Effect of exercise training on in vivo insulin-stimulated glucose uptake in intra-abdominal adipose tissue in rats
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Intra-abdominal obesity may be crucial in the pathogenesis of the insulin-resistance syndrome, and training may alleviate this condition. We compared insulin-mediated glucose uptake in vivo in three intra-abdominal adipose tissues (ATs; retroperitoneal, parametrial, and mesenteric) and in subcutaneous AT and also studied the effect of training. Rats were either swim trained (15 wk, n = 9) or sedentary (n = 16). While the rats were under anesthesia, a hyperinsulinemic (~900 pM), euglycemic clamp was carried out and local glucose uptake was measured by both the 2-deoxy-D-[3H]glucose and microdialysis techniques. Blood flow was measured by microspheres. Upon insulin stimulation, blood flow generally decreased in AT. Flow was higher in mesenteric tissue than in other ATs, whereas insulin-mediated glucose uptake did not differ between ATs. Training doubled the glucose infusion rate during hyperinsulinemia, in part, reflecting an effect in muscle. During hyperinsulinemia, interstitial glucose concentrations were lower, glucose uptake per 100 g of tissue was higher in AT in trained compared with sedentary rats, and training influenced glucose uptake identically in all ATs. In conclusion, differences between ATs in insulin sensitivity with respect to glucose uptake do not explain that insulin resistance is associated with intra-abdominal rather than subcutaneous obesity. Furthermore, training may be beneficial by enhancing insulin sensitivity in intra-abdominal fat depots.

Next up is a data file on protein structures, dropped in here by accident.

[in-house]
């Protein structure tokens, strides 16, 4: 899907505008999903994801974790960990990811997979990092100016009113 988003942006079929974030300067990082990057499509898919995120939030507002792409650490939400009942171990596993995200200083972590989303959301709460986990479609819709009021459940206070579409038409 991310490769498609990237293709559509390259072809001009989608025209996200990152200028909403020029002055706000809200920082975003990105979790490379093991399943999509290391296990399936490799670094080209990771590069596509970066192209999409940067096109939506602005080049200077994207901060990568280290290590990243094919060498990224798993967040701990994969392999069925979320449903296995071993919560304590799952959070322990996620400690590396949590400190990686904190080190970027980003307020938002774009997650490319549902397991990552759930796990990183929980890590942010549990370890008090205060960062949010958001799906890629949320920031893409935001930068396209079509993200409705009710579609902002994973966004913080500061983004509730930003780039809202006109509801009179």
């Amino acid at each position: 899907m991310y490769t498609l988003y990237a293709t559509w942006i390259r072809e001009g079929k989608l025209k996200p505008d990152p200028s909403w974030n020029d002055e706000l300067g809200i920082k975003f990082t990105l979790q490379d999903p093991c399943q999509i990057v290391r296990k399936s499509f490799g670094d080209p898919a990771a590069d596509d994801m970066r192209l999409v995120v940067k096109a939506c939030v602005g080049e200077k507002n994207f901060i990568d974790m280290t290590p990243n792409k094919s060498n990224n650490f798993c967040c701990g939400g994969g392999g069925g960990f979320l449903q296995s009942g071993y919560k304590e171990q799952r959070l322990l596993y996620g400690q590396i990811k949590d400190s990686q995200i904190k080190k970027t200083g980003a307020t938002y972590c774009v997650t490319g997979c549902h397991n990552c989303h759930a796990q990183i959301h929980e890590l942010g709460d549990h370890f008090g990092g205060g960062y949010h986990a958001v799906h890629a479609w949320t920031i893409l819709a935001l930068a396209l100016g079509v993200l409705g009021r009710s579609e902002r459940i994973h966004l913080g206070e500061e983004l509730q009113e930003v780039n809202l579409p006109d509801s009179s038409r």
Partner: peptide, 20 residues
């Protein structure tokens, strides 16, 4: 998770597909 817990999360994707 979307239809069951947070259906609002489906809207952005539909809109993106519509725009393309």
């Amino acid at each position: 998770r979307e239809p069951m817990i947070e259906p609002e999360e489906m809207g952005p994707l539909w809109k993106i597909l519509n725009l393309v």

American Journal of Physiology - Endocrinology and Metabolism
author list (cited authors)
Enevoldsen, L. H., Stallknecht, B., Fluckey, J. D., & Galbo, H.
complete list of authors
Enevoldsen, LH||Stallknecht, B||Fluckey, JD||Galbo, H